Sunday, September 16, 2007

The little mistake

A little while back, one of the guys on a knitting list was having trouble with the Brioche stitch. It is a rather strange pattern, but he liked the results. However, he kept getting an extra stitch when he would come to the end of a row! It just didn't add up for him. So I set out to see why -- it seemed simple enough! haha

By following the pattern directions strictly, I was all confused, and was making mistakes. The directions were wrongly written. She would insert a yf and also a yo, which in my way of thinking, are both one and the same. By bringing the yarn forward, and then knitting a stitch, you can't help but make a YO. So putting the directions like that really was confusing! I had to re-write the directions (once I figured out what was going on) and it worked much better.

I first did the pattern with large needles, as suggested (section "a"), and it was quite interesting. I liked the result; there were possibilities here! Usually, it was used as a scarf and hat, but I can see this as a sweater as well.

I then switched to smaller needles, as I felt there was too much looseness in the fabric, and the back layer was showing through. I thought it would look better as a type of double layer fabric (section "b"). The results of that you see here:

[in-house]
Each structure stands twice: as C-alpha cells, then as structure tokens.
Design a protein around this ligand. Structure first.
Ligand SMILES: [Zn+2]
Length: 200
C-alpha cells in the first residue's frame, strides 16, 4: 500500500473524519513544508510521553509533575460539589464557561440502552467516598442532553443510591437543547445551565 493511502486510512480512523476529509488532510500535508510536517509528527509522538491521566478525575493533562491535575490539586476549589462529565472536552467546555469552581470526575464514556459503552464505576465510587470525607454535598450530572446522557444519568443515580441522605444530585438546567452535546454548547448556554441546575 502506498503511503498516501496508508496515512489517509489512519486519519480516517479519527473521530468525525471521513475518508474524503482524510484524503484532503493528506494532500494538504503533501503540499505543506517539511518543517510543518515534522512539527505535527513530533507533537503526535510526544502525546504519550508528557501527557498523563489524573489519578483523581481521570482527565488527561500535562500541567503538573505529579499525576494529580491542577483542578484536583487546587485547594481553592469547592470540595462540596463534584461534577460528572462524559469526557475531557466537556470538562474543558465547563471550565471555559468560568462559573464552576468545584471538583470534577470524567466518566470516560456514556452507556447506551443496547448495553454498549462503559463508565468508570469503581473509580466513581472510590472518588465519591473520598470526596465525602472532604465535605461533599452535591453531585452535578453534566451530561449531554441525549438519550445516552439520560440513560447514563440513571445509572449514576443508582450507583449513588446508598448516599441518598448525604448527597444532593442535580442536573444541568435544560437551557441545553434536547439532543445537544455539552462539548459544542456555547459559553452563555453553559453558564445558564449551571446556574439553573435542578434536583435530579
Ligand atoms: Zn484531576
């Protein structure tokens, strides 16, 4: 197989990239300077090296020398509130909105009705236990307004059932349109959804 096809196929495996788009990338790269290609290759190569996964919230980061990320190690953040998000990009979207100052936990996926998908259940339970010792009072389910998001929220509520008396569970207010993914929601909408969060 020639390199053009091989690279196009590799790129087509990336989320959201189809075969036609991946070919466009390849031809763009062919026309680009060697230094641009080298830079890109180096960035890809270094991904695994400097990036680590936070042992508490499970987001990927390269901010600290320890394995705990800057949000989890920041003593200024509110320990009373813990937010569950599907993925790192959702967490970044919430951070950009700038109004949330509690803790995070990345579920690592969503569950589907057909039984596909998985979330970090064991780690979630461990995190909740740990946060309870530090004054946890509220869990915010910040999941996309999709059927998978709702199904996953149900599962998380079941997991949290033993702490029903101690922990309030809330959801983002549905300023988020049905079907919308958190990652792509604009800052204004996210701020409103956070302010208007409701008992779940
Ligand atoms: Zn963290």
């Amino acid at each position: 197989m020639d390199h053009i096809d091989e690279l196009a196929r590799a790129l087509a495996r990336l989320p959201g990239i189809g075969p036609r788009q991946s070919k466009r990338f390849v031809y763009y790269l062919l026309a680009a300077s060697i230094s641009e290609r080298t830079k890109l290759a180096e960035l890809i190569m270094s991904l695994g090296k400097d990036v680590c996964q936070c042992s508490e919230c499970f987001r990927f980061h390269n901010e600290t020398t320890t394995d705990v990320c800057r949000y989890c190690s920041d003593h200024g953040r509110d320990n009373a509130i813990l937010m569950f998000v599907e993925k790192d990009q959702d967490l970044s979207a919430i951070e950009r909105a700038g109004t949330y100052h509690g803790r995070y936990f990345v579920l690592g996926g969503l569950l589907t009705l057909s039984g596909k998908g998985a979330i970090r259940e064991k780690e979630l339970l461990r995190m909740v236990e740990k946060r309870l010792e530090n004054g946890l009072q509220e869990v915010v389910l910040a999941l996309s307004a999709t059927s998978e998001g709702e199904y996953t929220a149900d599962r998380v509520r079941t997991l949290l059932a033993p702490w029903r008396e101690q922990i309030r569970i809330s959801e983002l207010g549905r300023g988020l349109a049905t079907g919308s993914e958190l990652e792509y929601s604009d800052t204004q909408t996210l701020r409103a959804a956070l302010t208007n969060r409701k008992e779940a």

After working this a number of times, I realized that I WAS working a double layer fabric anyway! So I switched the pattern just a little bit (not doing the YO) and I was doing plain double layer knitting!! (section "c") The word "brioche" comes from the French and means "mistake"... now I see what they mean! Someone was doing double knitting (or thinking they would) but made a slight mistake, and came up with a new pattern! That's how many of these things happen: you set out to go down one road, but things happen along the way and you get diverted and see something entirely new. Not all mistakes are bad; they are only not quite what you were expecting, that's all.

I think I would teach this by doing some double knitting first. Once you understood what was happening (bringing the yarn forward before slipping the back stitch, or after slipping the front stitch), you can see that by forgetting to take the yarn back again, you make a "mistake" or a "brioche" and have developed a new pattern technique.

There -- it's just that easy!